Conduct Disorder

Conduct disorder (CD) is more than just bad behavior from children or teenagers. It is a mental health condition that is marked by persistent, repetitive behavioral patterns that violate societal rules or the rights of other people.

Conduct Disorder: What Does It Mean?

While most children become disruptive from time to time, conduct disorder involves problematic behaviors that are more serious and long-lasting. These disruptive behaviors generally fall into four groups: aggressive conduct that threatens or causes harm to people or animals, nonaggressive conduct that involves property damage or loss, theft or deceitful conduct, and persistent violations of important rules.

Youths with conduct disorder find it challenging to control their emotions. Disruptive behaviors typically occur in a variety of settings and may cause serious problems. In many cases, people with mental health conditions such as anxiety or depression direct their distress inward. However, individuals with CD direct their distress outward where it may affect other people.

Stats: How Many Suffer from this Disorder?

Approximately 1-4% of children age 9-17 years old have conduct disorder. The prevalence of the condition is consistent across various ethnicities, races, and countries. Conduct disorder is more common among teenagers than younger children. Males are more likely to develop CD than females.

What Causes Conduct Disorder?

The specific causes of conduct disorder are unknown. However, mental health experts believe there are genetic and environmental factors that influence its onset. Conduct disorder is more likely to develop in children who have:

  • A history of physical or sexual abuse
  • Parents with substance addiction
  • Family members with conduct disorder
  • Parents with depression, bipolar disorder, or schizophrenia
  • Abnormalities in brain areas that control emotional regulation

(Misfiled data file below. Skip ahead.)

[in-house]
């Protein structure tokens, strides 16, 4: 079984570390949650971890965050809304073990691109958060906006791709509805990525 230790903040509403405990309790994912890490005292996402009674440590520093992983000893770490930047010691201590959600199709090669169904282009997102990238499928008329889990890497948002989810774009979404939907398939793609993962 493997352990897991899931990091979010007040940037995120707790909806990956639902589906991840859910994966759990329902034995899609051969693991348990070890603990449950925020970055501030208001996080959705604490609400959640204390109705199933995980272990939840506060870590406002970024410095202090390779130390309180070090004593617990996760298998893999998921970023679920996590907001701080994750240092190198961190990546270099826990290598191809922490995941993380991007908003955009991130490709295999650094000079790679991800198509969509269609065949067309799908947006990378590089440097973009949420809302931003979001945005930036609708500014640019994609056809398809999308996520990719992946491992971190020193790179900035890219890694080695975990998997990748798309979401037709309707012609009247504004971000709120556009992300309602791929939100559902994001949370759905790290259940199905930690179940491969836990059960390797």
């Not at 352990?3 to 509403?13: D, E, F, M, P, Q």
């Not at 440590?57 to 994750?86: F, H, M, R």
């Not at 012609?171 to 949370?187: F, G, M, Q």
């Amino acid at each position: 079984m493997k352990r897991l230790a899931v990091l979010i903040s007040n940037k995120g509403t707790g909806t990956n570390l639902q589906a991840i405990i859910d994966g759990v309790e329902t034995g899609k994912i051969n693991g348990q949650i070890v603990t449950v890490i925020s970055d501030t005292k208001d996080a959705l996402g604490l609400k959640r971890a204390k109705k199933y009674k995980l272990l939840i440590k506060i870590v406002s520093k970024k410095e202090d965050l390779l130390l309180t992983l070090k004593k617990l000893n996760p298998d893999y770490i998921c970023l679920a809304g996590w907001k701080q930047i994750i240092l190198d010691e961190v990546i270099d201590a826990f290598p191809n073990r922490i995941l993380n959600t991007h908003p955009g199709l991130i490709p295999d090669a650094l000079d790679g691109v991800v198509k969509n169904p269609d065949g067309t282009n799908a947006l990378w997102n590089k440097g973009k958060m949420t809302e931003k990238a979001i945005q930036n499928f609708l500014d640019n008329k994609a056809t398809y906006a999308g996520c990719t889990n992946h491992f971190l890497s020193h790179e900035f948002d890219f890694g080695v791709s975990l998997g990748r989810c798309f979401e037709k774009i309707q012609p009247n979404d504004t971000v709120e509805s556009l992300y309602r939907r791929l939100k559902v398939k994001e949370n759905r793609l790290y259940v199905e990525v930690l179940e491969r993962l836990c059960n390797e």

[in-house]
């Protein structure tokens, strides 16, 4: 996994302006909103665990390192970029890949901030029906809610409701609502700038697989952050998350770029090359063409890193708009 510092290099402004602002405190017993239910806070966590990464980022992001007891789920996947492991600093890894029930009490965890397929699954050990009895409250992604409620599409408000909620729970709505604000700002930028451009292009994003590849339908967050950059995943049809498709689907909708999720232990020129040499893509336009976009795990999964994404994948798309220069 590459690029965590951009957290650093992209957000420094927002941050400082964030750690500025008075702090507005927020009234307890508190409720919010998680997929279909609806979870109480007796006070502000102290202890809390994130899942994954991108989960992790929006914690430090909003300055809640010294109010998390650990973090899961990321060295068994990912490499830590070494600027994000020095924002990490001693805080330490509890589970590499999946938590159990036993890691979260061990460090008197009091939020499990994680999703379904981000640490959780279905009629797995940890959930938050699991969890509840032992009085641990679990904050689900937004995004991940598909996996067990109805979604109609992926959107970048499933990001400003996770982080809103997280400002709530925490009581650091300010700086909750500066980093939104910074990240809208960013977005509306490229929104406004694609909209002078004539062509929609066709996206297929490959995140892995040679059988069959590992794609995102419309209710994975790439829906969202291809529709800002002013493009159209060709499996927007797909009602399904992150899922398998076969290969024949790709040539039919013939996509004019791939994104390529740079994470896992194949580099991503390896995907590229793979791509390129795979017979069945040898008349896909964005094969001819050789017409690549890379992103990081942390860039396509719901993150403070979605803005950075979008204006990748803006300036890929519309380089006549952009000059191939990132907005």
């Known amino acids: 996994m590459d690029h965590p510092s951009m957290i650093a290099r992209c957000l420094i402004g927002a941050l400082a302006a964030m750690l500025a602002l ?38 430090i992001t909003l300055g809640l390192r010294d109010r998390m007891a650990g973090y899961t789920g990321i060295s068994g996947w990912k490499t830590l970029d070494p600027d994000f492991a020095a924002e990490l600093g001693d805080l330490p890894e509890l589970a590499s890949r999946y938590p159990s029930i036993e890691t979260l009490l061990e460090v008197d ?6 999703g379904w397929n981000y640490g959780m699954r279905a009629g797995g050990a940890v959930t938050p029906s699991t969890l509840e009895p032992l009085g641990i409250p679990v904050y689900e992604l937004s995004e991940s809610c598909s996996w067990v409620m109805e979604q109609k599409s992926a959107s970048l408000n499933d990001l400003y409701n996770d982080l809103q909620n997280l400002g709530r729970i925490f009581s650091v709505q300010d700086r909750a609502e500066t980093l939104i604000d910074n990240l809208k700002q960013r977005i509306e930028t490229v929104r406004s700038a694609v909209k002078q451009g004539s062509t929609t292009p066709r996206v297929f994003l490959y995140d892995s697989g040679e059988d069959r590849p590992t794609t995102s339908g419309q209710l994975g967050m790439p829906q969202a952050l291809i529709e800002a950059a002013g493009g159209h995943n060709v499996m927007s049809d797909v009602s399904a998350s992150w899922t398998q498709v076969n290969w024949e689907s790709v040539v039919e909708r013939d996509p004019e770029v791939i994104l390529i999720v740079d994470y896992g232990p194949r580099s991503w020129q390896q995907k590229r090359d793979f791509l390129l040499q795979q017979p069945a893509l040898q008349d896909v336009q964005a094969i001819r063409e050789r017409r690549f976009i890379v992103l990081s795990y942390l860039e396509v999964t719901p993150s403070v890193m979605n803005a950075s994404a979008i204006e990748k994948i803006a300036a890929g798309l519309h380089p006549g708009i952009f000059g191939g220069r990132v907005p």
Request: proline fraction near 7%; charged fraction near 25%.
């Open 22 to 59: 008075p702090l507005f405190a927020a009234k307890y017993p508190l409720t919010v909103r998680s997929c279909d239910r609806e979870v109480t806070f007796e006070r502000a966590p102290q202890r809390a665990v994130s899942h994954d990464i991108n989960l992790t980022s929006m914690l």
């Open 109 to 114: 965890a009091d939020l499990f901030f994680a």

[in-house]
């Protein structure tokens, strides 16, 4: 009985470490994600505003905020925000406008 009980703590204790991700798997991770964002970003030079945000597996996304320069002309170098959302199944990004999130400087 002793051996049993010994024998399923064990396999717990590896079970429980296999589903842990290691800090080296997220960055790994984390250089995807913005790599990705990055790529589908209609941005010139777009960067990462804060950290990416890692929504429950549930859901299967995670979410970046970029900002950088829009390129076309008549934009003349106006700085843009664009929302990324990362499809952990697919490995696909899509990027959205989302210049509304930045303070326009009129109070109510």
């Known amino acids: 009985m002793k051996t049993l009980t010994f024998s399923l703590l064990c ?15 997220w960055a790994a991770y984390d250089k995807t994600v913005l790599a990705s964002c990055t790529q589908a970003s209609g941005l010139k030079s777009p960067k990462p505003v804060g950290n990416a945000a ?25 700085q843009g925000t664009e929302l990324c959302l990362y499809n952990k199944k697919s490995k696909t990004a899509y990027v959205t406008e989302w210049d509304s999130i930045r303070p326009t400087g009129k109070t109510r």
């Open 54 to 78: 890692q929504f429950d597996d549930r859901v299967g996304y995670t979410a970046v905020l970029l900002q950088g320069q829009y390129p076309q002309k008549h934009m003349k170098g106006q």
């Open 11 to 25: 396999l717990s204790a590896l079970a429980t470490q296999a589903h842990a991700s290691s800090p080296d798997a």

Oppositional defiant disorder (ODD) may be a precursor to conduct disorder. When ODD is untreated, children are more likely to develop conduct disorder later in life.

Signs and Symptoms of Conduct Disorder

Children may show many signs and symptoms of conduct disorder. The disruptive behaviors are persistent, repetitive, and socially inappropriate. Symptoms of conduct disorder may change as children get older, stronger, smarter, and more sexually mature. Problematic behaviors may include:

  • Physically abusing animals or people
  • Bullying others
  • Forced sexual activity
  • Damaging property
  • Breaking into buildings, cars, or houses
  • Shoplifting
  • Lying
  • Skipping school before the age of 13
  • Running away from home at least twice

What are the Common Behaviors/Characteristics?

The behaviors that characterize conduct disorder go beyond what people may expect during teenage rebellion. They cause serious concern among peers, parents, and teachers.

Youths with conduct disorder are usually aggressive. They are more likely to misperceive the actions of others as threatening, and may respond with aggressive behavior they believe is justified. Young people with CD display a low tolerance for frustration, poor self-control, high irritability, recklessness, thrill-seeking behavior, and insensitivity to punishment. Substance misuse is associated with CD, especially among adolescent females. Young people with CD are at higher risk of suicidal ideation and physical fights with a weapon.

Testing: What are the Diagnostic Criteria Per the DSM 5?

The Diagnostic and Statistical Manual of Mental Disorders (DSM-5) gives the following guidelines for diagnosing conduct disorder:

  • A repetitive and persistent pattern of behavior in which the basic rights of others or major age-appropriate societal norms or rules are violated, as manifested by the presence of at least three of the following 15 criteria in the past 12 months from any of the categories below, with at least one criterion present in the past 6 months:

Aggression to People and Animals

  1. Often bullies, threatens, or intimidates others.
  2. Often initiates physical fights.
  3. Has used a weapon that can cause serious physical harm to others (e.g., a bat, brick, broken bottle, knife, gun).
  1. Has been physically cruel to people.
  2. Has been physically cruel to animals.
  3. Has stolen while confronting a victim (e.g., mugging, purse snatching, extortion, armed robbery).
  1. Has forced someone into sexual activity.

Destruction of Property

  1. Has deliberately engaged in fire setting with the intention of causing serious damage.
  2. Has deliberately destroyed others’ property (other than by fire setting).

Deceitfulness or Theft

  1. Has broken into someone else’s house, building, or car.
  2. Often lies to obtain goods or favors or to avoid obligations (i.e., “cons” others).
  3. Has stolen items of nontrivial value without confronting a victim (e.g., shoplifting, but without breaking and entering: forgery).

Serious Violations of Rules

  1. Often stays out at night despite parental prohibitions, beginning before age 13 years.